Rhesus Macaque

Macaca mulatta

Rhesus macaques (also known as rhesus monkeys) are native to India, China, and much of southeast Asia. They are found in a wide range of habitats, including arid, open terrain, woodlands, mountains, wetlands, and agricultural and rural areas. Rhesus macaques are brown or grey in color and have pink, almost hairless faces. They are about 1.5 to 2 feet tall; adult males weigh approximately 15 lbs, females rarely exceed 12 lbs. They can live up to 25 years. The rhesus macaque has been used extensively in medical and biological research, even the space program.

Did You Know?

The Rhesus Macaque is listed as a globally invasive species.

Sustainability

Does the harvest for wildlife trade or captive breeding of this species harm wild populations?

Some Cause for Concern

The rhesus macaque is not believed to be in imminent danger, due to its large native geographic range and broad habitat tolerance. Many wild populations may, however, face serious threats in the near future as they lose habitat to human expansion. Wild populations may also be at risk from interbreeding with released monkeys, those from laboratory studies and “problem” pets; interbreeding with captive animals could alter the genetic integrity of wild populations and reduce their ability to survive. Captive macaques could also transmit diseases into wild populations.

Rhesus macaques breed well in captivity, so harvesting of individuals from the wild is not necessary for the pet trade.  However, there is evidence that the species is still illegally captured and traded in China.

EcoHealthy Recommendation:

The macaque is not a recommended pet.

Invasion Threat

Does the release or escape of this species into the wild harm the environment and/or economy?

Significant Cause for Concern

The rhesus macaque is listed as a globally invasive species. Its habitat flexibility has enabled it to establish self-sustaining free-ranging populations in many areas including Brazil, the Cook Islands, Mexico, Puerto Rico, even the United States (e.g., South Carolina and Florida).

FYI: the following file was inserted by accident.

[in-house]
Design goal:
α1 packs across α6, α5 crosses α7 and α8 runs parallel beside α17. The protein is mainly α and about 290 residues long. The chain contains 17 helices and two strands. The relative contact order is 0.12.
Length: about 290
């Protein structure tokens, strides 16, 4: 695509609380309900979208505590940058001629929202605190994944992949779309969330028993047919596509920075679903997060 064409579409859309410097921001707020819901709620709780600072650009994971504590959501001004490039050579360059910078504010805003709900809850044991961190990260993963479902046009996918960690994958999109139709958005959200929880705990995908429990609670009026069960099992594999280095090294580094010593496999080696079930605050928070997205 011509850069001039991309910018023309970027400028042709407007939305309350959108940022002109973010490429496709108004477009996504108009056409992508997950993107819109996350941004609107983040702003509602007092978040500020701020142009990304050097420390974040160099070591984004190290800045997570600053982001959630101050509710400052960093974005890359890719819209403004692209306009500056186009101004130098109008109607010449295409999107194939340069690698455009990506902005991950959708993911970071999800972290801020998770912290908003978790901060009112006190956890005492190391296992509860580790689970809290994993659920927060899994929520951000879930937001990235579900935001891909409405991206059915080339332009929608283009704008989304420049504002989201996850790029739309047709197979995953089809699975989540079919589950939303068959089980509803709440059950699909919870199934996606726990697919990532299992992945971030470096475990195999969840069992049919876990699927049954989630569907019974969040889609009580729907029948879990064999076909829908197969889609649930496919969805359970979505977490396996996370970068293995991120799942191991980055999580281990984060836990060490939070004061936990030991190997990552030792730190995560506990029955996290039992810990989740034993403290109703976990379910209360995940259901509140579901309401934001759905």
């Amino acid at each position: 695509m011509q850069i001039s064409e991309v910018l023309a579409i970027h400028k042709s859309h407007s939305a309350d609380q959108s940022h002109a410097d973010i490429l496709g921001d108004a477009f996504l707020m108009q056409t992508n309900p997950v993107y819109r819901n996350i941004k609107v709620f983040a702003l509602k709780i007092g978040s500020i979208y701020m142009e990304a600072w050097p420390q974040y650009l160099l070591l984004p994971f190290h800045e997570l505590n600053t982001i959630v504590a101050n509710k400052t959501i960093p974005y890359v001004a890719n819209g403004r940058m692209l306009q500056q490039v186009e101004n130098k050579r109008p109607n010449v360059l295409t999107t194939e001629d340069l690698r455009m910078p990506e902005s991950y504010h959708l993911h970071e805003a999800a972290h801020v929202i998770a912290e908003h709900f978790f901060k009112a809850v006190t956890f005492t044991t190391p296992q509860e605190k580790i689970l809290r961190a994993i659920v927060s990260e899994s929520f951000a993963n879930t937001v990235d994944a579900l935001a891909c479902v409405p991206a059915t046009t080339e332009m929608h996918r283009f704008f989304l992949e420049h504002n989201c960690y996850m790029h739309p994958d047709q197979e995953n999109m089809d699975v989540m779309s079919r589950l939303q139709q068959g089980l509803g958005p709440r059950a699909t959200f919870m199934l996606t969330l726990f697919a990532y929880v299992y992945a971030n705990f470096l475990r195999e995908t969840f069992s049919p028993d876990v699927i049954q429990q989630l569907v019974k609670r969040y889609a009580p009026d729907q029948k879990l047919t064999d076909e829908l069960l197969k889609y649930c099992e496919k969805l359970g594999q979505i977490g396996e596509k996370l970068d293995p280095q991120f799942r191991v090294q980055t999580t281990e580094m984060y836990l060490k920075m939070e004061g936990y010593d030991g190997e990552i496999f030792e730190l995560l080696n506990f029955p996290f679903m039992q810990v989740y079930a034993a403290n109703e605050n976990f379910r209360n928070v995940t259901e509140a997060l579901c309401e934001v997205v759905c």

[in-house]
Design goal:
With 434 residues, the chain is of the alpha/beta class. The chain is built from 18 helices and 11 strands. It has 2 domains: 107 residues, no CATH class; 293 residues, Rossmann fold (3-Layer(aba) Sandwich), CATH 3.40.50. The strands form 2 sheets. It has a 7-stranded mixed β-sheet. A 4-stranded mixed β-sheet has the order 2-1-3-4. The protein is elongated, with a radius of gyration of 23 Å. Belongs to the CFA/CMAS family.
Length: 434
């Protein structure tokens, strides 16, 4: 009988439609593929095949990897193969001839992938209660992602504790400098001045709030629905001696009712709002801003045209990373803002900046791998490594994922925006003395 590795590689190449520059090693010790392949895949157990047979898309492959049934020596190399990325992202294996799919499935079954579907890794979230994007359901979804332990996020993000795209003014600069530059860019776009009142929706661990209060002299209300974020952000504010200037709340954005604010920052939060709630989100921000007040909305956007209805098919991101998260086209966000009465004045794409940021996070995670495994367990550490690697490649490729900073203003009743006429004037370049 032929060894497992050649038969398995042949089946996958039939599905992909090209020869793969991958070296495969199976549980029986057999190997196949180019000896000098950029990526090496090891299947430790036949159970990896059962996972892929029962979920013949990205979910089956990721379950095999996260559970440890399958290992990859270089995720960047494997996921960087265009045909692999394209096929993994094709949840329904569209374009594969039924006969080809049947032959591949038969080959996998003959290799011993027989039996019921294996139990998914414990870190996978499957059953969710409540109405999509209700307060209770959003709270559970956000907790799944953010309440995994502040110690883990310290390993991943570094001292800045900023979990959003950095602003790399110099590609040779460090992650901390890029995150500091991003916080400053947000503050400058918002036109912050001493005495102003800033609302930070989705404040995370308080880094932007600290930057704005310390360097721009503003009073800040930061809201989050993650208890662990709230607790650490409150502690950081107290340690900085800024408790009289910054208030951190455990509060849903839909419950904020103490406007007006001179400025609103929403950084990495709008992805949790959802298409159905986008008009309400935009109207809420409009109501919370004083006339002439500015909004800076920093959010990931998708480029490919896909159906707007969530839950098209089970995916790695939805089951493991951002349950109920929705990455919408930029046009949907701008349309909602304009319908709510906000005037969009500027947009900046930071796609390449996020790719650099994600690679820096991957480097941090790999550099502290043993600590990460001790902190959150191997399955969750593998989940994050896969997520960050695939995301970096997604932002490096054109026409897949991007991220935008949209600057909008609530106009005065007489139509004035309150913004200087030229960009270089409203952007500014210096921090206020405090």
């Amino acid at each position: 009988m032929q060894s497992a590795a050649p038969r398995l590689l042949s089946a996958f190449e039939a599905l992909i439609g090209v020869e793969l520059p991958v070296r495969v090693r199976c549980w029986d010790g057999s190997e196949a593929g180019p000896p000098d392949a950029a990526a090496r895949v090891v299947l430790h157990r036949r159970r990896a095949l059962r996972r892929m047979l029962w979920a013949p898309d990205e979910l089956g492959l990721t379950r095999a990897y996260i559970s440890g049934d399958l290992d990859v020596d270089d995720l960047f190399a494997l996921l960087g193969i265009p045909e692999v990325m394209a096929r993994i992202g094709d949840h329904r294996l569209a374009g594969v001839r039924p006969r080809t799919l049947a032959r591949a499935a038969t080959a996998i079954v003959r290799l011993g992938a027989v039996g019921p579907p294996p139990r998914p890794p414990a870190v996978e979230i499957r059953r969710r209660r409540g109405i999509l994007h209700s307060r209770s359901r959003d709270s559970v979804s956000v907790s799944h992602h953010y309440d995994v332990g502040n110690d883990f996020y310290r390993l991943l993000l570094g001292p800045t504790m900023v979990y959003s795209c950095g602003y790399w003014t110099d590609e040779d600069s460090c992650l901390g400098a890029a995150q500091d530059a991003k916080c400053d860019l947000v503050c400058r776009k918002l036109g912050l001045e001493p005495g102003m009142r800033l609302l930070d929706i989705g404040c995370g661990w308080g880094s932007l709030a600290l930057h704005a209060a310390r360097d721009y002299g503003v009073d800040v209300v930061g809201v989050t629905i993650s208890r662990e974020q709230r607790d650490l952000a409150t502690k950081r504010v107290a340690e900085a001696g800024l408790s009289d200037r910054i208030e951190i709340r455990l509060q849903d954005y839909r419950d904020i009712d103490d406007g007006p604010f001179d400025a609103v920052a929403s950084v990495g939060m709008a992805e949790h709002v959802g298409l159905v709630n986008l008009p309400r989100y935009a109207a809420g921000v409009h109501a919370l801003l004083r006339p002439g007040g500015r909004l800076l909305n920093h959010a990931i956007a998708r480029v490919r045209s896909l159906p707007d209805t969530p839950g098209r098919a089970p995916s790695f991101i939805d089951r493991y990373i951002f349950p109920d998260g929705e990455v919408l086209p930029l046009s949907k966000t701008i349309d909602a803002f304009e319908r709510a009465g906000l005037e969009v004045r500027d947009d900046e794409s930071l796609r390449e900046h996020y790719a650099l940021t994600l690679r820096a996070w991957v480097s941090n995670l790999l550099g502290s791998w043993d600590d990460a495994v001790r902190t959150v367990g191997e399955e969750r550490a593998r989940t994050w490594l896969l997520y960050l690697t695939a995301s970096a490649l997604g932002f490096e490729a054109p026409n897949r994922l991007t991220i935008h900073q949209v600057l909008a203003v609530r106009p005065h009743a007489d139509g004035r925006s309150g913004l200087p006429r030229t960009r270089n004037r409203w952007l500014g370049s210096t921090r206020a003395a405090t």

Introduced macaques have significantly impacted many native species and communities. Intelligent, aggressive and territorial, rhesus macaques displace native animals as they become established in new locations. They are also voracious omnivores that feed on native plants and small animals.

EcoHealthy Recommendation:

The macaque is not a recommended pet. However, before obtaining any non-traditional pet, check that it is legal to own one in your state of residence and check for permitting requirements. Only acquire a pet that is from a reputable breeder or dealer to ensure that you are not buying an illegally imported or wild-caught animal. Always keep your pet inside a safe and secure enclosure. Never release a pet into the wild.

Ease of Care

Does harvest, captive breeding, transport, or being kept as a pet harm individual animals?

Significant Cause for Concern

Rhesus macaques are extremely susceptible to stress in captivity. They require highly specialized care and living conditions, including extensive social interaction, to be healthy and happy. Stressed animals may exhibit abnormal behavior (e.g., self-biting) and physiological symptoms (e.g., severe hair loss). For these and other reasons, many experts believe that rhesus macaques (and other primates) should not be kept as pets.

EcoHealthy Recommendation:

The macaque is not a recommended pet.

Health Threat

Does this animal pose a health risk to native wildlife, humans, livestock and agriculture?

Significant Cause for Concern

Rhesus macaques pose a significant threat to humans and other native and domesticated mammals. Captive animals are aggressive and can seriously injure their owners, children, and other family pets. Rhesus macaques are known carriers of retroviruses and herpes-B virus, which may be deadly to humans.  They also may carry a range of parasitic and bacterial diseases that may be transmitted to humans.

EcoHealthy Recommendation:

The macaque is not a recommended pet. However, before purchasing a non-traditional pet, ensure the animal was captive bred vs. wild caught. Be sure to ask if the animal has been checked by a veterinarian and obtain a list of any medical treatments the animal has received.

EcoHealth Alliance works at the intersection of ecosystem, animal and human health through local conservation programs and develops global health solutions to emerging diseases.
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